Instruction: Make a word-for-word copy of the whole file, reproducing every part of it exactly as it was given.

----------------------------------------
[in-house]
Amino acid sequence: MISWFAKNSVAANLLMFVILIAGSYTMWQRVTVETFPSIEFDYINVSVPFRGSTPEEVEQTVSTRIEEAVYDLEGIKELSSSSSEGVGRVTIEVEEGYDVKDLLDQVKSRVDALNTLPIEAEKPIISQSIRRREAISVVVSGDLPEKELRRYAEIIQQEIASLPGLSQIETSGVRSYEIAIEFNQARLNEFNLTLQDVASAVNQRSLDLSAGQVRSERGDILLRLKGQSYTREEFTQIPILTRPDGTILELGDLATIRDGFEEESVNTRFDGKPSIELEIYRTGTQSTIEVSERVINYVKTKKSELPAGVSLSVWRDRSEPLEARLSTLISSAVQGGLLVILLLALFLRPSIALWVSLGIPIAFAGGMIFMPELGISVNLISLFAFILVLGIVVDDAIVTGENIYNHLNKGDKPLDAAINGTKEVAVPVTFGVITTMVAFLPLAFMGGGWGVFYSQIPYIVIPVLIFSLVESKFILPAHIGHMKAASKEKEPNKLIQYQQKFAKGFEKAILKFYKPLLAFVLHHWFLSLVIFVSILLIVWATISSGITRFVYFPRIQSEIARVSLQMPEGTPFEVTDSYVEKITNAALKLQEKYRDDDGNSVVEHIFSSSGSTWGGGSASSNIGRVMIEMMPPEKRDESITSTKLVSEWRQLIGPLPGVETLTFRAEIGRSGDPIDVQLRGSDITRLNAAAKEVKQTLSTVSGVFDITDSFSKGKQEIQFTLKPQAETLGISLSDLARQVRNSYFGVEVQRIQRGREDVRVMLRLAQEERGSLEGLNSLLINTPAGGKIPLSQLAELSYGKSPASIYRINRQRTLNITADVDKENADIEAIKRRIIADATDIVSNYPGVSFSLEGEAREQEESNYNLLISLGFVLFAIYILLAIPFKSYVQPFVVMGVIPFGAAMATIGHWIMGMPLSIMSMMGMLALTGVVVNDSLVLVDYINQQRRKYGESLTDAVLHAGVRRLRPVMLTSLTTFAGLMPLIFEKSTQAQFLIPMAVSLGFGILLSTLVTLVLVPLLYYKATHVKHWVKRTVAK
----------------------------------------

[in-house]
Amino acid sequence: MISWFAKNSVAANLLMFVILIAGSYTMWQRVTVETFPSIEFDYINVSVPFRGSTPEEVEQTVSTRIEEAVYDLEGIKELSSSSSEGVGRVTIEVEEGYDVKDLLDQVKSRVDALNTLPIEAEKPIISQSIRRREAISVVVSGDLPEKELRRYAEIIQQEIASLPGLSQIETSGVRSYEIAIEFNQARLNEFNLTLQDVASAVNQRSLDLSAGQVRSERGDILLRLKGQSYTREEFTQIPILTRPDGTILELGDLATIRDGFEEESVNTRFDGKPSIELEIYRTGTQSTIEVSERVINYVKTKKSELPAGVSLSVWRDRSEPLEARLSTLISSAVQGGLLVILLLALFLRPSIALWVSLGIPIAFAGGMIFMPELGISVNLISLFAFILVLGIVVDDAIVTGENIYNHLNKGDKPLDAAINGTKEVAVPVTFGVITTMVAFLPLAFMGGGWGVFYSQIPYIVIPVLIFSLVESKFILPAHIGHMKAASKEKEPNKLIQYQQKFAKGFEKAILKFYKPLLAFVLHHWFLSLVIFVSILLIVWATISSGITRFVYFPRIQSEIARVSLQMPEGTPFEVTDSYVEKITNAALKLQEKYRDDDGNSVVEHIFSSSGSTWGGGSASSNIGRVMIEMMPPEKRDESITSTKLVSEWRQLIGPLPGVETLTFRAEIGRSGDPIDVQLRGSDITRLNAAAKEVKQTLSTVSGVFDITDSFSKGKQEIQFTLKPQAETLGISLSDLARQVRNSYFGVEVQRIQRGREDVRVMLRLAQEERGSLEGLNSLLINTPAGGKIPLSQLAELSYGKSPASIYRINRQRTLNITADVDKENADIEAIKRRIIADATDIVSNYPGVSFSLEGEAREQEESNYNLLISLGFVLFAIYILLAIPFKSYVQPFVVMGVIPFGAAMATIGHWIMGMPLSIMSMMGMLALTGVVVNDSLVLVDYINQQRRKYGESLTDAVLHAGVRRLRPVMLTSLTTFAGLMPLIFEKSTQAQFLIPMAVSLGFGILLSTLVTLVLVPLLYYKATHVKHWVKRTVAK